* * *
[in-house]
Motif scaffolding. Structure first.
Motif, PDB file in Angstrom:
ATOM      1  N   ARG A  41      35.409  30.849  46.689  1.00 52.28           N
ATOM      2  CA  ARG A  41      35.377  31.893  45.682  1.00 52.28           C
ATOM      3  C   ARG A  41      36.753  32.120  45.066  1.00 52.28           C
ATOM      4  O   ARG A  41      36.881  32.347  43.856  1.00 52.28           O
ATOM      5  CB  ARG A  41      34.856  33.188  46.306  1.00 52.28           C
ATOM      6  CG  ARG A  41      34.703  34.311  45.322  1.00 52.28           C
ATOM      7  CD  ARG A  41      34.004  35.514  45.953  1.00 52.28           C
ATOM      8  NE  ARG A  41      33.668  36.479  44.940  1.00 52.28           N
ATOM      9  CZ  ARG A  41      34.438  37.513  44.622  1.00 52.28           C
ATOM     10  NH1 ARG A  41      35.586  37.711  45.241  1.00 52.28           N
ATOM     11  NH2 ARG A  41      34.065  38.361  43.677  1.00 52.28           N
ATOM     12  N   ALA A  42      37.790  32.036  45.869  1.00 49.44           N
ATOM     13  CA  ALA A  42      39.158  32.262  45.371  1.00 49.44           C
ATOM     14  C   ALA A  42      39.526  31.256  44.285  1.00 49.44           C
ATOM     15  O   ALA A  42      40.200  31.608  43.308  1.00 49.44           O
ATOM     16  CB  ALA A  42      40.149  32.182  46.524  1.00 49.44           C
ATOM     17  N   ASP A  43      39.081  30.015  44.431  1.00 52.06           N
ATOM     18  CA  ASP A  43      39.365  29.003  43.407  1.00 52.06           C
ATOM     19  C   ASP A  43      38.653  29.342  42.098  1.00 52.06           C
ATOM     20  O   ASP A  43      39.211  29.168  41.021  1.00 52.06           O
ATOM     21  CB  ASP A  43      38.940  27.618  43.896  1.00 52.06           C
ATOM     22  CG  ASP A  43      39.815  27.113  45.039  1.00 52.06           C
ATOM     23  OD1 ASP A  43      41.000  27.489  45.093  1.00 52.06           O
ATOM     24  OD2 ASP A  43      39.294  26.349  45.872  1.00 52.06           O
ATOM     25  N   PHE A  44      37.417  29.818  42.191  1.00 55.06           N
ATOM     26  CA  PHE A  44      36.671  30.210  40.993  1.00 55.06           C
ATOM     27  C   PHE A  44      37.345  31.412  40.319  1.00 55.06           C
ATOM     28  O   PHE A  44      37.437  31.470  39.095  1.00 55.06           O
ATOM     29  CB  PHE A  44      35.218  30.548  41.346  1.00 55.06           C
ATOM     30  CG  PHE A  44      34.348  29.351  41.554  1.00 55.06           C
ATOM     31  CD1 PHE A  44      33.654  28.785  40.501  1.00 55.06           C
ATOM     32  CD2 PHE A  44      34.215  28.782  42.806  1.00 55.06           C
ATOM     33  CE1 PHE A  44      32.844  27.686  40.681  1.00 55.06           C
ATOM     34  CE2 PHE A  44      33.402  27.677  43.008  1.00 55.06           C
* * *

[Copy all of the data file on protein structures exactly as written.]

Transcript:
[in-house]
Motif scaffolding. Structure first.
Motif, PDB file in Angstrom:
ATOM      1  N   ARG A  41      35.409  30.849  46.689  1.00 52.28           N
ATOM      2  CA  ARG A  41      35.377  31.893  45.682  1.00 52.28           C
ATOM      3  C   ARG A  41      36.753  32.120  45.066  1.00 52.28           C
ATOM      4  O   ARG A  41      36.881  32.347  43.856  1.00 52.28           O
ATOM      5  CB  ARG A  41      34.856  33.188  46.306  1.00 52.28           C
ATOM      6  CG  ARG A  41      34.703  34.311  45.322  1.00 52.28           C
ATOM      7  CD  ARG A  41      34.004  35.514  45.953  1.00 52.28           C
ATOM      8  NE  ARG A  41      33.668  36.479  44.940  1.00 52.28           N
ATOM      9  CZ  ARG A  41      34.438  37.513  44.622  1.00 52.28           C
ATOM     10  NH1 ARG A  41      35.586  37.711  45.241  1.00 52.28           N
ATOM     11  NH2 ARG A  41      34.065  38.361  43.677  1.00 52.28           N
ATOM     12  N   ALA A  42      37.790  32.036  45.869  1.00 49.44           N
ATOM     13  CA  ALA A  42      39.158  32.262  45.371  1.00 49.44           C
ATOM     14  C   ALA A  42      39.526  31.256  44.285  1.00 49.44           C
ATOM     15  O   ALA A  42      40.200  31.608  43.308  1.00 49.44           O
ATOM     16  CB  ALA A  42      40.149  32.182  46.524  1.00 49.44           C
ATOM     17  N   ASP A  43      39.081  30.015  44.431  1.00 52.06           N
ATOM     18  CA  ASP A  43      39.365  29.003  43.407  1.00 52.06           C
ATOM     19  C   ASP A  43      38.653  29.342  42.098  1.00 52.06           C
ATOM     20  O   ASP A  43      39.211  29.168  41.021  1.00 52.06           O
ATOM     21  CB  ASP A  43      38.940  27.618  43.896  1.00 52.06           C
ATOM     22  CG  ASP A  43      39.815  27.113  45.039  1.00 52.06           C
ATOM     23  OD1 ASP A  43      41.000  27.489  45.093  1.00 52.06           O
ATOM     24  OD2 ASP A  43      39.294  26.349  45.872  1.00 52.06           O
ATOM     25  N   PHE A  44      37.417  29.818  42.191  1.00 55.06           N
ATOM     26  CA  PHE A  44      36.671  30.210  40.993  1.00 55.06           C
ATOM     27  C   PHE A  44      37.345  31.412  40.319  1.00 55.06           C
ATOM     28  O   PHE A  44      37.437  31.470  39.095  1.00 55.06           O
ATOM     29  CB  PHE A  44      35.218  30.548  41.346  1.00 55.06           C
ATOM     30  CG  PHE A  44      34.348  29.351  41.554  1.00 55.06           C
ATOM     31  CD1 PHE A  44      33.654  28.785  40.501  1.00 55.06           C
ATOM     32  CD2 PHE A  44      34.215  28.782  42.806  1.00 55.06           C
ATOM     33  CE1 PHE A  44      32.844  27.686  40.681  1.00 55.06           C
ATOM     34  CE2 PHE A  44      33.402  27.677  43.008  1.00 55.06           C